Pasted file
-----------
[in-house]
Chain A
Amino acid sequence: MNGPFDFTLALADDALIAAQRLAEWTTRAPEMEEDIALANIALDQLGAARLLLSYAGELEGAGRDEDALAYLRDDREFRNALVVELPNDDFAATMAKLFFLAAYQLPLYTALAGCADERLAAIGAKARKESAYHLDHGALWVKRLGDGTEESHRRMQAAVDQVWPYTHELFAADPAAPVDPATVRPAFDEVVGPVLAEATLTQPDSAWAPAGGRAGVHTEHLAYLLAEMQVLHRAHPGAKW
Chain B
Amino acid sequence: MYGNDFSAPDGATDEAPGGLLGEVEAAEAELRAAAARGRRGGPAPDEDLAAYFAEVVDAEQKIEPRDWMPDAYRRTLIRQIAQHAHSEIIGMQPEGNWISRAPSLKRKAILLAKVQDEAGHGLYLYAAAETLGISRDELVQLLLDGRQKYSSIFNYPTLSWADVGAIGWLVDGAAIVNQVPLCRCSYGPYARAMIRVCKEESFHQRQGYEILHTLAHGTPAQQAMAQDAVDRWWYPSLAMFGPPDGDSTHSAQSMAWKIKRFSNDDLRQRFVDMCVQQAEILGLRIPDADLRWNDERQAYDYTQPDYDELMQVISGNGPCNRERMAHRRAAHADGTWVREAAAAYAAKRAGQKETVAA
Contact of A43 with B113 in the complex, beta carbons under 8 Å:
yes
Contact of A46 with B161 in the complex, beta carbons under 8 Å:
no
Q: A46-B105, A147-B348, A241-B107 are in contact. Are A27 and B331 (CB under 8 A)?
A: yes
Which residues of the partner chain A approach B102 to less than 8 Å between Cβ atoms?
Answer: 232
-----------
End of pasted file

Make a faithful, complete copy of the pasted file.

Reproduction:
[in-house]
Chain A
Amino acid sequence: MNGPFDFTLALADDALIAAQRLAEWTTRAPEMEEDIALANIALDQLGAARLLLSYAGELEGAGRDEDALAYLRDDREFRNALVVELPNDDFAATMAKLFFLAAYQLPLYTALAGCADERLAAIGAKARKESAYHLDHGALWVKRLGDGTEESHRRMQAAVDQVWPYTHELFAADPAAPVDPATVRPAFDEVVGPVLAEATLTQPDSAWAPAGGRAGVHTEHLAYLLAEMQVLHRAHPGAKW
Chain B
Amino acid sequence: MYGNDFSAPDGATDEAPGGLLGEVEAAEAELRAAAARGRRGGPAPDEDLAAYFAEVVDAEQKIEPRDWMPDAYRRTLIRQIAQHAHSEIIGMQPEGNWISRAPSLKRKAILLAKVQDEAGHGLYLYAAAETLGISRDELVQLLLDGRQKYSSIFNYPTLSWADVGAIGWLVDGAAIVNQVPLCRCSYGPYARAMIRVCKEESFHQRQGYEILHTLAHGTPAQQAMAQDAVDRWWYPSLAMFGPPDGDSTHSAQSMAWKIKRFSNDDLRQRFVDMCVQQAEILGLRIPDADLRWNDERQAYDYTQPDYDELMQVISGNGPCNRERMAHRRAAHADGTWVREAAAAYAAKRAGQKETVAA
Contact of A43 with B113 in the complex, beta carbons under 8 Å:
yes
Contact of A46 with B161 in the complex, beta carbons under 8 Å:
no
Q: A46-B105, A147-B348, A241-B107 are in contact. Are A27 and B331 (CB under 8 A)?
A: yes
Which residues of the partner chain A approach B102 to less than 8 Å between Cβ atoms?
Answer: 232